It took one of South Carolina’s worst budget crunches in modern history, but legislators have finally turned off the unproductive tax-dollar spigot for hydrogen research funding, at least for one year.
Lawmakers voted this week to sustain Gov. Mark Sanford’s veto that lined out nearly $560,000 allocated to the University of South Carolina for hydrogen fuel cell research.
Last year, the General Assembly overrode a Sanford veto on the same item and allocated $775,601 to USC for hydrogen research.
Also last year, legislators slipped a proviso to the current year’s budget that repaid nearly $1.5 million borrowed by the city of Columbia and Aiken County for hydrogen fueling stations, even though there was just one hydrogen-powered vehicle in South Carolina at the time.
Hydrogen research has proven to be one of South Carolina’s biggest taxpayer-funded economic development boondoggles in recent years.
More than $40 million in state and local tax dollars has been allocated to hydrogen in the Midlands alone over the past few years, even though multiple experts question how viable the technology will be in offsetting U.S. reliance on foreign oil or reducing carbon emissions.
Investment returns have been paltry. Barely 200 jobs have been created, according to House Speaker Bobby Harrell. And neither the Speaker’s Office nor the S.C. Hydrogen Fuel Cell Alliance, which provided the Speaker’s Office with the data on job-creation figures, have yet provided the sourcing for that information to The Nerve..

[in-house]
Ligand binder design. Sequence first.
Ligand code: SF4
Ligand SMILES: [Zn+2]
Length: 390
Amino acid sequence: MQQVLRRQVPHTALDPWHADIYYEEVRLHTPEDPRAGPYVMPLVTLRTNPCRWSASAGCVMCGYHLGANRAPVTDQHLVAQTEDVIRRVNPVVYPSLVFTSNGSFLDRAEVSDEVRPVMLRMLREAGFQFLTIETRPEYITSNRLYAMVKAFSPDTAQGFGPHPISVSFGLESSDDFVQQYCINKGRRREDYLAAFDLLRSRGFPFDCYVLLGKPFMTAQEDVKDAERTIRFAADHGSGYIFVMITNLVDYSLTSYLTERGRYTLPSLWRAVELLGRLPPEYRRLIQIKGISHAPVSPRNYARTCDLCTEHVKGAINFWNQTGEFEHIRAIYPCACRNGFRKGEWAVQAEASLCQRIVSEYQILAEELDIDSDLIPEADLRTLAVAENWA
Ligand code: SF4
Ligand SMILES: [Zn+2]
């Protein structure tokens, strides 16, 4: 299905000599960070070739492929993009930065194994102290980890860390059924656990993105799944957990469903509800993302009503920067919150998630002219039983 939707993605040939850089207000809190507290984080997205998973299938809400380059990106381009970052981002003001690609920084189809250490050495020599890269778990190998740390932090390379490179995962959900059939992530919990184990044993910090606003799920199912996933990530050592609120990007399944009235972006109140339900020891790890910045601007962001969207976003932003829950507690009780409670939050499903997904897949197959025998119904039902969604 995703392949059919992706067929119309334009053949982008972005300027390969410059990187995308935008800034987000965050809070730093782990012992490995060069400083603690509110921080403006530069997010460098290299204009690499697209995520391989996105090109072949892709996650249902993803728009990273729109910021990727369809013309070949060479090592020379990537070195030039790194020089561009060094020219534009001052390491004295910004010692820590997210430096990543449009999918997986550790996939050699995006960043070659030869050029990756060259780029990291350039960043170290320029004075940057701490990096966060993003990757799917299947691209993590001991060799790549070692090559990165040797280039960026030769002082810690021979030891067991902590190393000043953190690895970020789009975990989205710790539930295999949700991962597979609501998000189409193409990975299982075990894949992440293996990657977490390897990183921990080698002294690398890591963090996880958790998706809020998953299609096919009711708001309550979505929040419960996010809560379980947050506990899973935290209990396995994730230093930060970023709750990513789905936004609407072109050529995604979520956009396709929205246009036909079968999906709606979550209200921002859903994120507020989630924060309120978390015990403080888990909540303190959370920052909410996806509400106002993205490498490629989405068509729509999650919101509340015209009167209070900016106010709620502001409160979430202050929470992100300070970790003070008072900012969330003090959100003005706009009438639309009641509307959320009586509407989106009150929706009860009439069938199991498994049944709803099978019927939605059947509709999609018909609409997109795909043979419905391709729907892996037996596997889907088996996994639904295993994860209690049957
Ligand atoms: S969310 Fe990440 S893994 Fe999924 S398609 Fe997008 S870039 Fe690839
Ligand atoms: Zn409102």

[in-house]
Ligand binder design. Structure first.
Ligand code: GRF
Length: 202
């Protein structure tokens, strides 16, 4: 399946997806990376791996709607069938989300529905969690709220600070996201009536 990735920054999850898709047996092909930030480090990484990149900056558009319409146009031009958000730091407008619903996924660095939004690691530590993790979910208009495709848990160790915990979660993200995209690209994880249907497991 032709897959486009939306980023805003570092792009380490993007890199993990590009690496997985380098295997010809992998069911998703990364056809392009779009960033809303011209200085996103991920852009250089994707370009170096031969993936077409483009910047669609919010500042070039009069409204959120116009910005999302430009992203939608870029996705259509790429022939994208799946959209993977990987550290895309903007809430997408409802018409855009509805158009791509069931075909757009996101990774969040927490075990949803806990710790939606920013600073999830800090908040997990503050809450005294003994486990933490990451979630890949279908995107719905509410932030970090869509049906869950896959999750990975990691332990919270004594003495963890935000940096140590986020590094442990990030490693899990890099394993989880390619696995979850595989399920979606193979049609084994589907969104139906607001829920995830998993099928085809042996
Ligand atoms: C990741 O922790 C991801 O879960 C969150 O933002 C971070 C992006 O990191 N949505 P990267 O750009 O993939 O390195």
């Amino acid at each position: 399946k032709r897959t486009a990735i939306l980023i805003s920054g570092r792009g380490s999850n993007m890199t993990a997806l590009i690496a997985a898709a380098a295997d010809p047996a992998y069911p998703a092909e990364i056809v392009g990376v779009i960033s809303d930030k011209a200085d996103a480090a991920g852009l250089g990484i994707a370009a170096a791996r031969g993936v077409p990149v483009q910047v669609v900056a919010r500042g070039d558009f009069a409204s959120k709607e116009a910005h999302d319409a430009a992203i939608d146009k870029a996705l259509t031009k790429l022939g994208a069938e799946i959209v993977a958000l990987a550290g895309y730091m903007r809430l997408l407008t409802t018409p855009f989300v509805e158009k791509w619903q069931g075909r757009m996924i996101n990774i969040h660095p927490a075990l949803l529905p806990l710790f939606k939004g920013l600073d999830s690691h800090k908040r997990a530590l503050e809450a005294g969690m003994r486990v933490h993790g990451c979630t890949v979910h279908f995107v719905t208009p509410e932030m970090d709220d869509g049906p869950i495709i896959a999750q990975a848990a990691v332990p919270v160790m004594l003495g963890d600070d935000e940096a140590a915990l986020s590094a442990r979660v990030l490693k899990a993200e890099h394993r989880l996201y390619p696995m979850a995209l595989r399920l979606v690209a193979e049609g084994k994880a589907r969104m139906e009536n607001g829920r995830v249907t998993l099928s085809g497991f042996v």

What’s even more frustrating is that there is neither demand nor supply for hydrogen fuel in South Carolina.
There are, at most, a handful of hydrogen-fueled cars in the state, as hydrogen-fueled vehicles can cost anywhere from $100,000 to more than $1 million, and the fuel is considerably more expensive than gasoline.
Sanford’s rationale for the veto was simple:
“We are vetoing this funding because USC has thus far relied too heavily on state dollars to fund this research rather than recruit private investment. USC has received ample funding to sufficiently jump start its hydrogen fuel cell research over the past few years, and we believe it is now time to translate those dollars into privately funded research that will truly create permanent, private-sector jobs rather than more government jobs paid for by the taxpayers of South Carolina.”
The decision was likely made easier because of the state’s dire financial condition.
South Carolina’s general fund budget has been cut by more than $2 billion over the past two years because of falling tax collections related to the economic downturn. As part of those reductions, twice this year the Budget and Control Board has had to make across-the-board general fund cuts, totaling nearly $439 million.
In addition, the budget for next fiscal year, which starts July 1, includes about $1 billion in federal stimulus money. That cash will be gone by this time next year and state tax collections aren’t expected to recover fast enough from the recession to offset that loss.
Reach Dietrich at (803) 779-5022, ext. 110, or Kevin@scpolicycouncil.com.